Savannah has a wide range of tourist attractions, with enough variety to suit most different interests and age groups.
The city’s particular strengths are its historic attractions, from the numerous historic houses and places of worship downtown, and its cemeteries, to the restored forts outside of Savannah and along the Georgia coast.
River Street too attracts a lot of tourists. Once the commercial center of Savannah, it is now an area of shops and restaurants arranged alongside the riverside promenade, with monthly fireworks and special events. Nearby City Market, between Franklin and Ellis Squares in the northwest of the Historic District, has more small shops, galleries and restaurants.
The majority of Savannah’s attractions are concentrated within the Historic District, or within a few miles of downtown, and are easy to get to. Many of Savannah’s sights are free to visit, and some outdoor attractions also allow pets.
Savannah’s must-see sights are for the most part those that highlight its historic landscape and architecture. If you have only an hour or two in the city, take a stroll through the Historic District to enjoy its many shaded squares, spaced every few blocks through downtown. Savannah’s magnificent canopy of moss-draped live oaks is another special feature of the city most easily appreciated on foot.
Forsyth Park, and especially, its beautiful fountain, is another unmissable sight, as is the Cathedral of St John the Baptist with its towering white spires and extensive interior murals. Just outside the city is Bonaventure Cemetery, widely considered to be one of the best historic cemeteries in the United States, which you can either see independently or on a guided tour.
The other, less-often seen side of Savannah is the intricate landscape of saltwater marshes and tidal creeks that spans the twenty miles between the city and the sea. If you are interested in the human side of Georgia’s lowcountry, the nearby Pin Point Heritage Museum provides a unique opportunity to learn about the lives and livelihoods of a local coastal community.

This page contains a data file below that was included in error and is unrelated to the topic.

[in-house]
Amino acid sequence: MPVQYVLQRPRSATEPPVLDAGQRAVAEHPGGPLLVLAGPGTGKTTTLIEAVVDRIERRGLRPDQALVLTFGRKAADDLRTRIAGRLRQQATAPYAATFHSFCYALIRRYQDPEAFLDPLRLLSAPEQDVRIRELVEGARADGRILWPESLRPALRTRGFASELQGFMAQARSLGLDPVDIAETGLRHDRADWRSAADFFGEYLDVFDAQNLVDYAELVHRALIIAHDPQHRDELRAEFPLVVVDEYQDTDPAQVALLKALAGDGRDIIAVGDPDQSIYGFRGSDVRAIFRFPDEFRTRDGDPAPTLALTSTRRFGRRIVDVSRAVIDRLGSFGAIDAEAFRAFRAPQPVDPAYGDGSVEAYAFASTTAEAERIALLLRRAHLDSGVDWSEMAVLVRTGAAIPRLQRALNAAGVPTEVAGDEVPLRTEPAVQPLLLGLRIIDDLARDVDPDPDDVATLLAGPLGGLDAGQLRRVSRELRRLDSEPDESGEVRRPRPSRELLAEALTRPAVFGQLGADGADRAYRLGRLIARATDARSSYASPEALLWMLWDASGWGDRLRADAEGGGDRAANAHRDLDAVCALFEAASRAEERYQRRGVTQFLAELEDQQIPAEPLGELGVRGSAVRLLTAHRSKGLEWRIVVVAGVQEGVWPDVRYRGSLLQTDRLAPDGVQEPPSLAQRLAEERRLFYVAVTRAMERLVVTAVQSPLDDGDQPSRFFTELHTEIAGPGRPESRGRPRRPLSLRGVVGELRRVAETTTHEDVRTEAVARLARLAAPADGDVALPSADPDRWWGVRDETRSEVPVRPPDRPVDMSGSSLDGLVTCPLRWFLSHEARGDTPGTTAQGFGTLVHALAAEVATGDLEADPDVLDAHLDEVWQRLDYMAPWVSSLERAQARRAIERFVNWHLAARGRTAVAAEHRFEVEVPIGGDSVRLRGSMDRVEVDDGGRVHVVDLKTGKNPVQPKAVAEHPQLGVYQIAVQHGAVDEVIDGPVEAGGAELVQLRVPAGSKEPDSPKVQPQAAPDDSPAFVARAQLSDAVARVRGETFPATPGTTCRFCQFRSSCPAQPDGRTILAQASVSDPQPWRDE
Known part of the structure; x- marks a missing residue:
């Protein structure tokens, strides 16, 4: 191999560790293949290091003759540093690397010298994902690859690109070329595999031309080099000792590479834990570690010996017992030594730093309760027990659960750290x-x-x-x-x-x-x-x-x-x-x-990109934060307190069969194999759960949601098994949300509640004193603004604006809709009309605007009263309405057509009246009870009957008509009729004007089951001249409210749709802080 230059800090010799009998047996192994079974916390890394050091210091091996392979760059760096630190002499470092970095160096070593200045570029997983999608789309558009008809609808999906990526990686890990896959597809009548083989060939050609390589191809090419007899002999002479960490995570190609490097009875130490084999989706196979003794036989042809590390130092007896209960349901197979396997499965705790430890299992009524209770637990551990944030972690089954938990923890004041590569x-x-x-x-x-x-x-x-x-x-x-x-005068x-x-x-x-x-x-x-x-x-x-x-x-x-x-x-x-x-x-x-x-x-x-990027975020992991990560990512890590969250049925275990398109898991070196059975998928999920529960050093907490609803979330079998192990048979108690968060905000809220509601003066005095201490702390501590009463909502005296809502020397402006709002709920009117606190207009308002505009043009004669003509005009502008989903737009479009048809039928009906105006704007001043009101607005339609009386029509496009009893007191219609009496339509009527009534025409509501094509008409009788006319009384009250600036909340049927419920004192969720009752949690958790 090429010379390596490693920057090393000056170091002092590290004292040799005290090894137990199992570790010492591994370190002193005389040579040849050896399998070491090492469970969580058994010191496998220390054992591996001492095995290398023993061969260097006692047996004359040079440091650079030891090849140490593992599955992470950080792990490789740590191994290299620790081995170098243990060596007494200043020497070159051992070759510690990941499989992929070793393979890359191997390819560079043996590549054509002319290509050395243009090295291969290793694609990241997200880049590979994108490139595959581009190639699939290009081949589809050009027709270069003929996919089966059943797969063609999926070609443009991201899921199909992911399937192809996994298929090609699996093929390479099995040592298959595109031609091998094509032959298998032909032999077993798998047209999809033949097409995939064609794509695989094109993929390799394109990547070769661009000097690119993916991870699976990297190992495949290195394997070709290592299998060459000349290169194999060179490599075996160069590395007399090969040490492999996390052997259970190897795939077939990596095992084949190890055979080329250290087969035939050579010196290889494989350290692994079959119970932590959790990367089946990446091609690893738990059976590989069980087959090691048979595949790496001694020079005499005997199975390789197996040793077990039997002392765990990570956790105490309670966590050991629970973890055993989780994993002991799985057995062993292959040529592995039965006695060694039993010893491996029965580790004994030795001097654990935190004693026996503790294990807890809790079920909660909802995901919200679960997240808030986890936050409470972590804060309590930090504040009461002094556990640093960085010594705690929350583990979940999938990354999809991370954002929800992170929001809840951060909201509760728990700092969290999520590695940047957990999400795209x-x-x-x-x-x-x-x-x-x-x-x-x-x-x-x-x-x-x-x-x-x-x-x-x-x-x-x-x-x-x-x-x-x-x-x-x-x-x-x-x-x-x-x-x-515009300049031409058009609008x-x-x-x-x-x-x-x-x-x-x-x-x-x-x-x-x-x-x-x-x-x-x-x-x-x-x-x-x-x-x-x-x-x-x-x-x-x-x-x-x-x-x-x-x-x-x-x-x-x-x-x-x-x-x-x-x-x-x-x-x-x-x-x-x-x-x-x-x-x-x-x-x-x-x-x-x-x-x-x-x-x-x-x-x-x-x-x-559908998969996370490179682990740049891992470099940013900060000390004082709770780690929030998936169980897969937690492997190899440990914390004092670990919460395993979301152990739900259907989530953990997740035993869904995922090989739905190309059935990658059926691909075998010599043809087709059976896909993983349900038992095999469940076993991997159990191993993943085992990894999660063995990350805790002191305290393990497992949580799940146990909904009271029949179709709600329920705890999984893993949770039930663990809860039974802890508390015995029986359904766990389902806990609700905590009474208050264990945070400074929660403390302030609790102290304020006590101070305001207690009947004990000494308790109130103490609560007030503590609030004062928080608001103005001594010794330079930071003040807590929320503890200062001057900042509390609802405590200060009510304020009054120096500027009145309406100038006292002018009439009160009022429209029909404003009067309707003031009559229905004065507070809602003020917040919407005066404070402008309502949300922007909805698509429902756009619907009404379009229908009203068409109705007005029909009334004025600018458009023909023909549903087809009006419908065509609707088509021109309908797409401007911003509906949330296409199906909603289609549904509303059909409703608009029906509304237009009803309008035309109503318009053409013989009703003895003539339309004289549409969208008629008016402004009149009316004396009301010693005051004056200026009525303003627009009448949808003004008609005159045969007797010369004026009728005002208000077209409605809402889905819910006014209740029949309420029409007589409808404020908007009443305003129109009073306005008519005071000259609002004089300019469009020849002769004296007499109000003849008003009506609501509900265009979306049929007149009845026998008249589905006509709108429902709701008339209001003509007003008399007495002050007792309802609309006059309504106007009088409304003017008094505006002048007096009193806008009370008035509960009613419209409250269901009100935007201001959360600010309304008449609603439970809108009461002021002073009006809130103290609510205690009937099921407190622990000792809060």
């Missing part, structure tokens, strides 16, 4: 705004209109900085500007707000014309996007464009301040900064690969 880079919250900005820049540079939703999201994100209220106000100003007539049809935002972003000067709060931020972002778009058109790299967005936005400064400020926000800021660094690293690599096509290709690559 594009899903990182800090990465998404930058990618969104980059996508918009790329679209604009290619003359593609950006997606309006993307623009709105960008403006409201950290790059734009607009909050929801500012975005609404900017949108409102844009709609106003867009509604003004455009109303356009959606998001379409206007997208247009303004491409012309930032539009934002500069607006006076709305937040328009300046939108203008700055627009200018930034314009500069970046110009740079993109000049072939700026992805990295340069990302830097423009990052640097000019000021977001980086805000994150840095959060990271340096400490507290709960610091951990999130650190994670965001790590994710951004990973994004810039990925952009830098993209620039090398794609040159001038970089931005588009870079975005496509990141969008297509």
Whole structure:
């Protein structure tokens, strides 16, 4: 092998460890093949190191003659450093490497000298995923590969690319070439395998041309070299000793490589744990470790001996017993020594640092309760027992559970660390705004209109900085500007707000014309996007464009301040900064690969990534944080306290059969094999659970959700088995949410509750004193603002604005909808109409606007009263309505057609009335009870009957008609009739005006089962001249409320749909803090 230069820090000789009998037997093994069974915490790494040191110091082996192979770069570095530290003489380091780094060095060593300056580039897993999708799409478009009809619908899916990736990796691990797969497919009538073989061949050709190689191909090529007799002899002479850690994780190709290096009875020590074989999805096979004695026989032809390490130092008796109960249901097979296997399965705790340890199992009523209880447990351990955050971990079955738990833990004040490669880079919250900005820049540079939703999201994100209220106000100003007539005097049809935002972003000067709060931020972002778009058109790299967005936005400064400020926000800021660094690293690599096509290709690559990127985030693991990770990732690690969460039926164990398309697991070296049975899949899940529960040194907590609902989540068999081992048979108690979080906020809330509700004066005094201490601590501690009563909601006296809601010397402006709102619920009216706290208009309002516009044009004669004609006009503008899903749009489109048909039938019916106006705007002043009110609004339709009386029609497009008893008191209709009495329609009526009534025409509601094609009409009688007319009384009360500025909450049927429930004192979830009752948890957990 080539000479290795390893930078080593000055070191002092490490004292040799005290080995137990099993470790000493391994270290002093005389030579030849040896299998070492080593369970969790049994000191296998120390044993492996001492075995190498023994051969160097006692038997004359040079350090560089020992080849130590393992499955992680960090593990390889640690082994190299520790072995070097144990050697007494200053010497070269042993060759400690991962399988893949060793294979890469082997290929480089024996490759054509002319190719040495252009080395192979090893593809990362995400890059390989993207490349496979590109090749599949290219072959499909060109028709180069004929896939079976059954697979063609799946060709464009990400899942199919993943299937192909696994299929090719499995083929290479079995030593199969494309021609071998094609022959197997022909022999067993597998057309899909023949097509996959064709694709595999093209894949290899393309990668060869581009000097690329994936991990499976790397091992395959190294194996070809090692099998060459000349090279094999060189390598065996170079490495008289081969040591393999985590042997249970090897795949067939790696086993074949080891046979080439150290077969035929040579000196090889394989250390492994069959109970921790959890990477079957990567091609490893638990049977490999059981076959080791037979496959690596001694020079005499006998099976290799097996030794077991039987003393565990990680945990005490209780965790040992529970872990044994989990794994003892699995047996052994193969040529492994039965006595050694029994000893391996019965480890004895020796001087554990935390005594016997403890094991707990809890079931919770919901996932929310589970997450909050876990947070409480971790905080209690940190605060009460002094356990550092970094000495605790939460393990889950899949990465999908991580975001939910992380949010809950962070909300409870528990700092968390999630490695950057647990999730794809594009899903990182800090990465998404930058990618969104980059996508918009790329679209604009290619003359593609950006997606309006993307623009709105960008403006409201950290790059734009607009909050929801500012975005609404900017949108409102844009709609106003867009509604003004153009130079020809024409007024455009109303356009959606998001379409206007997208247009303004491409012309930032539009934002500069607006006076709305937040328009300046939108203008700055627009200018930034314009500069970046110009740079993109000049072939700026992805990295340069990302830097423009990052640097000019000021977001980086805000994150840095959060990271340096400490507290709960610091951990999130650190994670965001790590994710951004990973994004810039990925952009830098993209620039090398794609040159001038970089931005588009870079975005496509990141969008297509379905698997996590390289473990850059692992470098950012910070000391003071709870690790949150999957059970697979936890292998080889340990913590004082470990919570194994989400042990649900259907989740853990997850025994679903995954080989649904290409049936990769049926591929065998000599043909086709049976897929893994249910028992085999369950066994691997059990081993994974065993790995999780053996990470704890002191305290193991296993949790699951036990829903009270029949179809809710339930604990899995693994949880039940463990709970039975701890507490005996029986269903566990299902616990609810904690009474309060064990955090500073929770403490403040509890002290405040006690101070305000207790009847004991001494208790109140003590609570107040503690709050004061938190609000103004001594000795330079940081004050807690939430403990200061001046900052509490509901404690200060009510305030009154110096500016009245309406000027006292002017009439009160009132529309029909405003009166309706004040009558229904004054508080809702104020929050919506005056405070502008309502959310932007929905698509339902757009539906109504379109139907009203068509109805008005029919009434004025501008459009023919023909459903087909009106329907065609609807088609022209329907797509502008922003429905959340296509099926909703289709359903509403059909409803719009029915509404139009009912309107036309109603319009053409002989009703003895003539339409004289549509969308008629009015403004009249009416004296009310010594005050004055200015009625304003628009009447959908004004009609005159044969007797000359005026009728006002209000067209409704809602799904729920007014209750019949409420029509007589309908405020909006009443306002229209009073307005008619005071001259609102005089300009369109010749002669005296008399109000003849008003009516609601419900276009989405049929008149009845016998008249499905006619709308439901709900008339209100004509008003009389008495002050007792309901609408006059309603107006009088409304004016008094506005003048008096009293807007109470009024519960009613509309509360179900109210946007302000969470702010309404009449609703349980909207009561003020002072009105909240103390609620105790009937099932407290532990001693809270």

The wildlife and ecology of the coastal landscape are best explored close up: a boat excursion to one of Georgia’s wild and secluded barrier islands, or a kayak trip deep into the marshes’ tidal creeks. For a budget-friendly alternative, Skidaway Island State Park offers several hiking and biking trails through maritime forest with excellent views of the marsh and its birdlife.
After that, which are the best things to see and do depends more on your interests and budget. An after-dark ghost tour of Savannah’s many, many spots alleged to be haunted is one of the more popular options. A few miles outside of the city, there is plenty to see at the National Museum of the Mighty Eighth Air Force. Or, for a free in-town highlight, see the impressive collection of artworks at the new Savannah African Art Museum.
Savannah offers several museums, primarily concerning aspects of local history. A couple of these museums, while bearing Savannah addresses, are located somewhat outside of the Historic District. Their distance from downtown is noted. For more museums that are near to, but not in, Savannah, see below.